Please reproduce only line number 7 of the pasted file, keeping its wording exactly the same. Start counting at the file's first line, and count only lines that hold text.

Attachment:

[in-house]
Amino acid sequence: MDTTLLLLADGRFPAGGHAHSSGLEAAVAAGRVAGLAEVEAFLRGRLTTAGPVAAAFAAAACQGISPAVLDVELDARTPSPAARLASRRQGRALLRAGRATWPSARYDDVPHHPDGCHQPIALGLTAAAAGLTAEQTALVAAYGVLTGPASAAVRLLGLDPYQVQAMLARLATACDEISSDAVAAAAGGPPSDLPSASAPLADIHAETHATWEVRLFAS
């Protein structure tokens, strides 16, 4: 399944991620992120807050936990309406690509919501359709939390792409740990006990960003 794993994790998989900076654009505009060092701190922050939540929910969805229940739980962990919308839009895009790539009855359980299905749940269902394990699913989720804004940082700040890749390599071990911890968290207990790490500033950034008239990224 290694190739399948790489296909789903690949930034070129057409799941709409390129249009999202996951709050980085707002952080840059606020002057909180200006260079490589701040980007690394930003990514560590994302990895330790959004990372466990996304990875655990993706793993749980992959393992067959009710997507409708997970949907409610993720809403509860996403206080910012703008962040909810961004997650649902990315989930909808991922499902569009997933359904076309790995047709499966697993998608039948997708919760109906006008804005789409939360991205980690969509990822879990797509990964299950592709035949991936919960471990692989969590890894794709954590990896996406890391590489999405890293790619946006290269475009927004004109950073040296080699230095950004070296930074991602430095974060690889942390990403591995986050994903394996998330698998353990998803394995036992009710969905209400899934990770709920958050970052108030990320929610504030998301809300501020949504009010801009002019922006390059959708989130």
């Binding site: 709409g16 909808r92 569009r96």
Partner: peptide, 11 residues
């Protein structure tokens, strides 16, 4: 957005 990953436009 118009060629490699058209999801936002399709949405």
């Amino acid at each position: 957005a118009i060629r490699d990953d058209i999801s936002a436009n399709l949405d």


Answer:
């Amino acid at each position: 957005a118009i060629r490699d990953d058209i999801s936002a436009n399709l949405d």